Tuesday, October 30, 2007

Ohio State Cartoon Festival Report UPDATED 2


The Ohio State University's Cartoon Research Library's tri-annual Festival of Cartoon Art wrapped up yesterday. I was there for the three days.

I'll fill this in with some photos (which are going up on Flickr now) and reports as I get time. And energy. But co-pilot Charles Hatfield and I had a great time.

Thursday, October 25th began with three academic panels in OSU’s hotel across from the very, very large football stadium. None were of particular interest to me although several – Wanzo on Black comics, Conners on Caniff’s growth as an artist, and Yesbick on George Carlson were engaging. Unfortunately there was no lunch break built in and Charles and I had skipped breakfast. The two of us, accompanied by Tom Inge, snuck out and missed the end of the second and the beginning of the third panels.

Bob Harvey spoke on Caniff for an hour. This was an overview of his early career and the differences in Caniff’s adventure strips, especially his art, from others of the time.
After Bob’s talk we adjourned across town to the Thurber Center Gallery, next door to the Thurber House where the New Yorker cartoonist grew up. One of their volunteers had covered her car with cartoon repros and drew quite an audience.

The Gallery had a small exhibit of original art from the Great Lakes branch of the National Cartoonists Society. The room filled rapidly so I headed for the food table promptly. Washington Examiner cartoonist Nate Beeler is from Columbus and was there with his girlfriend Eve. He introduced me to Mike Thompson and Nick Anderson and I got the three of them to sign Bush Leaguers, the book based on the AAEC exhibit that was in DC this summer. Rob Rogers put the book together and also signed it for me. We talked shop a little bit, discussing the difficulties of putting together an exhibit. Martha Kennedy, ass’t curator at the Library of Congress was there as well, and with Charles, we drove back to the hotel to hang around in the bar. John Jennings and Damien Duffy from the U of Ill Chicago joined us and hung around after we left around midnight.
Arnold Roth

Mort Walker
Friday, October 26th - Registration was far too early, but ran smoothly. A lovely breakfast was put on by the Renaissance hotel which was recently renovated and had a very reasonable rate for the conference. It also has an original Chihuly glass chandelier hanging in the bar. The morning opened with Brian Walker offering a quick overview of the state of comics prior to Caniff. I think this was adapted from his book on comics before 1945. This was followed by a panel with Bob Harvey, Pete Poplaski, Arnold Roth and Mort Walker telling anecdotes about Caniff. I’ll try to recall and add in some of them.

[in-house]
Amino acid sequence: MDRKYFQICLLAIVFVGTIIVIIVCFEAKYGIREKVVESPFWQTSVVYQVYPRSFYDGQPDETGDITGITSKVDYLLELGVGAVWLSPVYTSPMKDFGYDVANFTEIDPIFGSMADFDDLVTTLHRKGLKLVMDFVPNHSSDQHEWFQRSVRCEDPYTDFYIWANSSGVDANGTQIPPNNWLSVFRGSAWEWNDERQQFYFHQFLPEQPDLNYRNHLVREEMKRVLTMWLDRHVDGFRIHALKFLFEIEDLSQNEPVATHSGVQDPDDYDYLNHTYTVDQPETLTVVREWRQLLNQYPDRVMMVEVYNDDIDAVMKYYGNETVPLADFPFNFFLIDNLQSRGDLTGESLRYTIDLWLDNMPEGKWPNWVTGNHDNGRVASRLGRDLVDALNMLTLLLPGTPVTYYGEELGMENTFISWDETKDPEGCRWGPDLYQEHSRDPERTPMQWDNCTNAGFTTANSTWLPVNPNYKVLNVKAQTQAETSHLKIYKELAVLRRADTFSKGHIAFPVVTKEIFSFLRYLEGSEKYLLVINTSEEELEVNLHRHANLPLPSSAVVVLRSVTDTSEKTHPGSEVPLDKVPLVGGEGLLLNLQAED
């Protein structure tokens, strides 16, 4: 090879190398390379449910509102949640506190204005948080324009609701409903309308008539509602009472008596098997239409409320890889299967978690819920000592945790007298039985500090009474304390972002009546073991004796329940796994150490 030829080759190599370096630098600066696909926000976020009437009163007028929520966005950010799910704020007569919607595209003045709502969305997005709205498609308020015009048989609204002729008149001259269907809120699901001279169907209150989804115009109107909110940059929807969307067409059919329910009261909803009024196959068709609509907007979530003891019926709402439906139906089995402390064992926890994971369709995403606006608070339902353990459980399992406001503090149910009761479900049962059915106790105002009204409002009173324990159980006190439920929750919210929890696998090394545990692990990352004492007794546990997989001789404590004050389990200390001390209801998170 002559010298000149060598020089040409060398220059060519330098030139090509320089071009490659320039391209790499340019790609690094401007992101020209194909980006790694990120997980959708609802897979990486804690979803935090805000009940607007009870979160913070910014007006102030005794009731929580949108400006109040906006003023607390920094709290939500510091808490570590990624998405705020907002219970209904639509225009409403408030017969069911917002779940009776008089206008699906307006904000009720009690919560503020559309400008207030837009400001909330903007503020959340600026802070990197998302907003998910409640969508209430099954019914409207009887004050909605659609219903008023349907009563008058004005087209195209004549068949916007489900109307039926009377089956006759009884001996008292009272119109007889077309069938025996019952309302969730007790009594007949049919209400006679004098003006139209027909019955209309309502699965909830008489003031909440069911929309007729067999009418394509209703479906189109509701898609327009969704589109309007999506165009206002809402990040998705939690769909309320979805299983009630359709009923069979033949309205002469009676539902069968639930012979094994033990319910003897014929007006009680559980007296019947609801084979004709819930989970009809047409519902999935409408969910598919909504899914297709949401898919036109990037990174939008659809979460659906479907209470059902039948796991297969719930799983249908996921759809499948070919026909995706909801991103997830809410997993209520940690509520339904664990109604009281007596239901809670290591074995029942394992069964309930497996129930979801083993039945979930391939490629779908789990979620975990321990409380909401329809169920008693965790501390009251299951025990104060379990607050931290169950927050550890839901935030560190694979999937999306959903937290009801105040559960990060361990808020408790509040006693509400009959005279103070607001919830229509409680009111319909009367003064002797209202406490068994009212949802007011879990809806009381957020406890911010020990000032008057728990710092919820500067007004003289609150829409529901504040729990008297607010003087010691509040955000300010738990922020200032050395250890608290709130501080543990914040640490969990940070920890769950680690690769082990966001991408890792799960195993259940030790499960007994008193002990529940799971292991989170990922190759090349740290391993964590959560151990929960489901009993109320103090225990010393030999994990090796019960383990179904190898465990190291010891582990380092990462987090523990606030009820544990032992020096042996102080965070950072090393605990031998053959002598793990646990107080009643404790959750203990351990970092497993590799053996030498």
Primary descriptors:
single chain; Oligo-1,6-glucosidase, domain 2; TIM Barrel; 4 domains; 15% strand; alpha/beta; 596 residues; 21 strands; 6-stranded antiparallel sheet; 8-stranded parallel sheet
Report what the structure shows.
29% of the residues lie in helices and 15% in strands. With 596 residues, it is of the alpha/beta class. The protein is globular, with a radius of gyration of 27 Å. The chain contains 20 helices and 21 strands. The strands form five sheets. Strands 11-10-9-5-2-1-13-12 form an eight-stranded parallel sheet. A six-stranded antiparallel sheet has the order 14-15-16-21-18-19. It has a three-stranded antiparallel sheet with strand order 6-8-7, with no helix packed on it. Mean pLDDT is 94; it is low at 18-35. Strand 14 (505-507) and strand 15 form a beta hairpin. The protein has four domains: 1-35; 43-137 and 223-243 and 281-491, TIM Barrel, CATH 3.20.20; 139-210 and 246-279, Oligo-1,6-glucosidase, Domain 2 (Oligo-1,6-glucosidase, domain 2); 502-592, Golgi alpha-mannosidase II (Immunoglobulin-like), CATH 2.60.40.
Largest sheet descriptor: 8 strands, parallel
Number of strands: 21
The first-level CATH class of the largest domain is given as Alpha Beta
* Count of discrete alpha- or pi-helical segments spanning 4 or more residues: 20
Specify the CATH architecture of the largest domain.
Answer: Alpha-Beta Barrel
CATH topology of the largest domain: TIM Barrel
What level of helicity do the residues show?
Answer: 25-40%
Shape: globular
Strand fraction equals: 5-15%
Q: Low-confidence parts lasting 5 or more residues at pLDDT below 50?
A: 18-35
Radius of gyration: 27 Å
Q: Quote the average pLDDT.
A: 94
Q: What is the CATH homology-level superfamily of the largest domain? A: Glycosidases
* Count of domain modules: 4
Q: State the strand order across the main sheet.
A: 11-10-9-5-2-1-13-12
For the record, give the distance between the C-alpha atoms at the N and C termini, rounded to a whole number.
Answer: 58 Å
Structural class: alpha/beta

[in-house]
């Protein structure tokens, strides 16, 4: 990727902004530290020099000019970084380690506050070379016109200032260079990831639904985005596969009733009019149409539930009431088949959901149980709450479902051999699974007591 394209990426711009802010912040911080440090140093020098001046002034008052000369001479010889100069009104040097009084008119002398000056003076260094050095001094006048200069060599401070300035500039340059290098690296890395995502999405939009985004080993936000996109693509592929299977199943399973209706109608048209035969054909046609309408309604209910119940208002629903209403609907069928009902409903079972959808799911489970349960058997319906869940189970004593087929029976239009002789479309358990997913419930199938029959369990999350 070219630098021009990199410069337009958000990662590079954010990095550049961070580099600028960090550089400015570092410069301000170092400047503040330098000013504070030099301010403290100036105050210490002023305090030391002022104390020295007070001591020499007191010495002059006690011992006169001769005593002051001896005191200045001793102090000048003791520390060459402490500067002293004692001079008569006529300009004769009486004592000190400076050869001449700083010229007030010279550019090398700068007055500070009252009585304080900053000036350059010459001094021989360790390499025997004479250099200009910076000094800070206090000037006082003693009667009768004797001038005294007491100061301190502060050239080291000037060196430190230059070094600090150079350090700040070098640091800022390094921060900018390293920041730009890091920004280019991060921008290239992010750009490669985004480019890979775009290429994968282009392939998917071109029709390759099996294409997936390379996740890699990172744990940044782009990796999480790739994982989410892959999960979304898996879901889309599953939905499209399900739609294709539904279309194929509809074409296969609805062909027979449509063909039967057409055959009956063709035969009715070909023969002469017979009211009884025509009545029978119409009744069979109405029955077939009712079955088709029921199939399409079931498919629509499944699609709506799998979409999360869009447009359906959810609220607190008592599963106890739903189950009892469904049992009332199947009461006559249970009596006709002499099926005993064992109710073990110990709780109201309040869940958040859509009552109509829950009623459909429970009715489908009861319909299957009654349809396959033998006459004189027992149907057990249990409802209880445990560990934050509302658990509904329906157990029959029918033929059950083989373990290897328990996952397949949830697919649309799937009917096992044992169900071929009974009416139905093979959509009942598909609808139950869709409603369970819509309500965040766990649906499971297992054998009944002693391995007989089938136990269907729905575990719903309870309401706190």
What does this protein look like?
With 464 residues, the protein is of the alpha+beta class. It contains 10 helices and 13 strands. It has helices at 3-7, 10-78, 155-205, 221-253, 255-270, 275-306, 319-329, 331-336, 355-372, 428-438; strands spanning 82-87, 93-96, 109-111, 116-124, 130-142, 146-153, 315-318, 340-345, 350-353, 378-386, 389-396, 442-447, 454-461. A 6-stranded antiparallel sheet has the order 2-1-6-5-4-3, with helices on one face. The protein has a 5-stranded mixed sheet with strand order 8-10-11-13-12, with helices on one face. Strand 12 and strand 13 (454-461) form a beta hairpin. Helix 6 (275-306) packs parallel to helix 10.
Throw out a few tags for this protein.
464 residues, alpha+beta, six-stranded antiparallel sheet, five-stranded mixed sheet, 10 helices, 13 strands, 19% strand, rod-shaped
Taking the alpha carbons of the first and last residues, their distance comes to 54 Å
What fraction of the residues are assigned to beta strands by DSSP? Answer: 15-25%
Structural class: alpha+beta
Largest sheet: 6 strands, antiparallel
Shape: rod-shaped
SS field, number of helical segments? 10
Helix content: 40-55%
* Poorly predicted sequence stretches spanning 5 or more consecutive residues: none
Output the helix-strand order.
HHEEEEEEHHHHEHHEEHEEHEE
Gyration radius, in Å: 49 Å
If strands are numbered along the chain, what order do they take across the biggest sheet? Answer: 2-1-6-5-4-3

P. Craig Russell was on next and talked about converting Wagner’s Ring of the Niebelung opera to comics. He was fascinating, especially when discussing his attention to layout (which he told me later was the most interesting part of comics for him). Without examples, it’s hard to do justice to his talk, but one page – when Odin realizes the sword that will end his age has been forged, made an excellent example.

Nate Beeler, Eve and his brother Adam took me to North Market by the Arena, a former meat market now converted to stalls for food and antiques. A giant Peanuts bin held pumpkins at one stall and I bought a Herb Gardner “The Nebbishes” mug at another. Bob Harvey id’d the strip for me off the top of his head, and it only ran from 1959-61.

I caught the tail-end of Ted Rall’s talk on graphic journalism where he was talking about travelling through the ‘Stans for his book. I’d seen a similar version of this one before. Jessica Abel’s talk about storytelling was somewhat disappointing. She showed a couple of panels from her Artbabe comic which she said didn’t work, but not any examples from her more successful La Perdita.

Buses then took people to OSU’s campus. I started in the Cartoon Research Library tour. The Library sits in the basement of the new Wexner Center. A good sized reading room was filled with tables and lined with glass-fronted shelves, one of which held the current issue of the International Journal of Comic Art. An exhibit of mylar-encapsulated pieces from Caniff’s papers lined the walls and included juvenilia, a fan letter from John Steinbeck, and art by Hal Foster and others drawing Caniff’s characters with their own.
In the stacks, row after row of movable aisle shelving was filled with reference books, cartoonist’s collections and lots of manga. File cabinets along one wall held biographical files – a quick check revealed that Nate Beeler’s got a slim file. A couple of file cabinets held files by subject. To be honest, I expected more reference files like these. But the flat files, or map cases, had a massive amount of original art and there were a lot of them. A new digital camera that will shoot oversize artwork was shown to us a pride and joy.